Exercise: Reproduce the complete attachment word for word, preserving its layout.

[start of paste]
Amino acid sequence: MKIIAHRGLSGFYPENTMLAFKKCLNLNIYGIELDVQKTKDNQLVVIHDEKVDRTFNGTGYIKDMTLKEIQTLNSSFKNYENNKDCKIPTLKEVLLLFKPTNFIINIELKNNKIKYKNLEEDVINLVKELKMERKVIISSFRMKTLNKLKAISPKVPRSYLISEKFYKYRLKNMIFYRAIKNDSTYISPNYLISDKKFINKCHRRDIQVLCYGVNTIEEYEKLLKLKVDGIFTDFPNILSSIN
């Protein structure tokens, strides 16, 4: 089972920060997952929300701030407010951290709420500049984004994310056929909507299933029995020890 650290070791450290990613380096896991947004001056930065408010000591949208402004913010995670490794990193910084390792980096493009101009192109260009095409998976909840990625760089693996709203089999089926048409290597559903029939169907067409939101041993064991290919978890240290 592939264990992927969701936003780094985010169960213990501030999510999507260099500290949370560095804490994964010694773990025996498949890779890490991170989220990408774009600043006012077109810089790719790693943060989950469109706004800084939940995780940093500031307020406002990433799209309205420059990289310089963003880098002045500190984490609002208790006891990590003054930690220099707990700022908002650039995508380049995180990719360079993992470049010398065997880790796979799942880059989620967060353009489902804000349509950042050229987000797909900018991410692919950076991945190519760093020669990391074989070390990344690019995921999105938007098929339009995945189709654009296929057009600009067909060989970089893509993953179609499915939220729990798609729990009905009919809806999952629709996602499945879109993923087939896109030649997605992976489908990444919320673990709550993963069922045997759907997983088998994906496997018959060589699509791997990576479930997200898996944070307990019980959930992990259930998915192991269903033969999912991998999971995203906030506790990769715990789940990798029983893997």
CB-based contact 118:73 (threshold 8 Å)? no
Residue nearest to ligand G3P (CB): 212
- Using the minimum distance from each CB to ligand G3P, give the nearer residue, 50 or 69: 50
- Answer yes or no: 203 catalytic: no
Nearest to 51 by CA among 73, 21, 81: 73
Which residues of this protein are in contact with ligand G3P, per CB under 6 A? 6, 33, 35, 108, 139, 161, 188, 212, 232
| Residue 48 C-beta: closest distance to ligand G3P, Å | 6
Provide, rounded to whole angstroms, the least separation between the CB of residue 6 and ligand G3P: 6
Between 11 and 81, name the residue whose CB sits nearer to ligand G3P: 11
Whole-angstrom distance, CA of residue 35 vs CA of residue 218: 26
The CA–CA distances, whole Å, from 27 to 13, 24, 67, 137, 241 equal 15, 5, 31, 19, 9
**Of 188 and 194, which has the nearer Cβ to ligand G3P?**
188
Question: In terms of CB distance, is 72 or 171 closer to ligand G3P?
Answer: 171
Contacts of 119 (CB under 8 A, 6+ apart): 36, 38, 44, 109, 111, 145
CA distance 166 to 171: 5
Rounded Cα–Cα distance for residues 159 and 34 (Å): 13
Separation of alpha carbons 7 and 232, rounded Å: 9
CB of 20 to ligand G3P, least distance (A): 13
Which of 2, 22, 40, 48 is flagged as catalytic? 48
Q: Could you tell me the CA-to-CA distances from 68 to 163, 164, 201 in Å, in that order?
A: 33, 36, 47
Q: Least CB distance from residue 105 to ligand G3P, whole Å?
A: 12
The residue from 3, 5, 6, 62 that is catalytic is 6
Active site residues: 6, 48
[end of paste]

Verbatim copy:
Amino acid sequence: MKIIAHRGLSGFYPENTMLAFKKCLNLNIYGIELDVQKTKDNQLVVIHDEKVDRTFNGTGYIKDMTLKEIQTLNSSFKNYENNKDCKIPTLKEVLLLFKPTNFIINIELKNNKIKYKNLEEDVINLVKELKMERKVIISSFRMKTLNKLKAISPKVPRSYLISEKFYKYRLKNMIFYRAIKNDSTYISPNYLISDKKFINKCHRRDIQVLCYGVNTIEEYEKLLKLKVDGIFTDFPNILSSIN
């Protein structure tokens, strides 16, 4: 089972920060997952929300701030407010951290709420500049984004994310056929909507299933029995020890 650290070791450290990613380096896991947004001056930065408010000591949208402004913010995670490794990193910084390792980096493009101009192109260009095409998976909840990625760089693996709203089999089926048409290597559903029939169907067409939101041993064991290919978890240290 592939264990992927969701936003780094985010169960213990501030999510999507260099500290949370560095804490994964010694773990025996498949890779890490991170989220990408774009600043006012077109810089790719790693943060989950469109706004800084939940995780940093500031307020406002990433799209309205420059990289310089963003880098002045500190984490609002208790006891990590003054930690220099707990700022908002650039995508380049995180990719360079993992470049010398065997880790796979799942880059989620967060353009489902804000349509950042050229987000797909900018991410692919950076991945190519760093020669990391074989070390990344690019995921999105938007098929339009995945189709654009296929057009600009067909060989970089893509993953179609499915939220729990798609729990009905009919809806999952629709996602499945879109993923087939896109030649997605992976489908990444919320673990709550993963069922045997759907997983088998994906496997018959060589699509791997990576479930997200898996944070307990019980959930992990259930998915192991269903033969999912991998999971995203906030506790990769715990789940990798029983893997």
CB-based contact 118:73 (threshold 8 Å)? no
Residue nearest to ligand G3P (CB): 212
- Using the minimum distance from each CB to ligand G3P, give the nearer residue, 50 or 69: 50
- Answer yes or no: 203 catalytic: no
Nearest to 51 by CA among 73, 21, 81: 73
Which residues of this protein are in contact with ligand G3P, per CB under 6 A? 6, 33, 35, 108, 139, 161, 188, 212, 232
| Residue 48 C-beta: closest distance to ligand G3P, Å | 6
Provide, rounded to whole angstroms, the least separation between the CB of residue 6 and ligand G3P: 6
Between 11 and 81, name the residue whose CB sits nearer to ligand G3P: 11
Whole-angstrom distance, CA of residue 35 vs CA of residue 218: 26
The CA–CA distances, whole Å, from 27 to 13, 24, 67, 137, 241 equal 15, 5, 31, 19, 9
**Of 188 and 194, which has the nearer Cβ to ligand G3P?**
188
Question: In terms of CB distance, is 72 or 171 closer to ligand G3P?
Answer: 171
Contacts of 119 (CB under 8 A, 6+ apart): 36, 38, 44, 109, 111, 145
CA distance 166 to 171: 5
Rounded Cα–Cα distance for residues 159 and 34 (Å): 13
Separation of alpha carbons 7 and 232, rounded Å: 9
CB of 20 to ligand G3P, least distance (A): 13
Which of 2, 22, 40, 48 is flagged as catalytic? 48
Q: Could you tell me the CA-to-CA distances from 68 to 163, 164, 201 in Å, in that order?
A: 33, 36, 47
Q: Least CB distance from residue 105 to ligand G3P, whole Å?
A: 12
The residue from 3, 5, 6, 62 that is catalytic is 6
Active site residues: 6, 48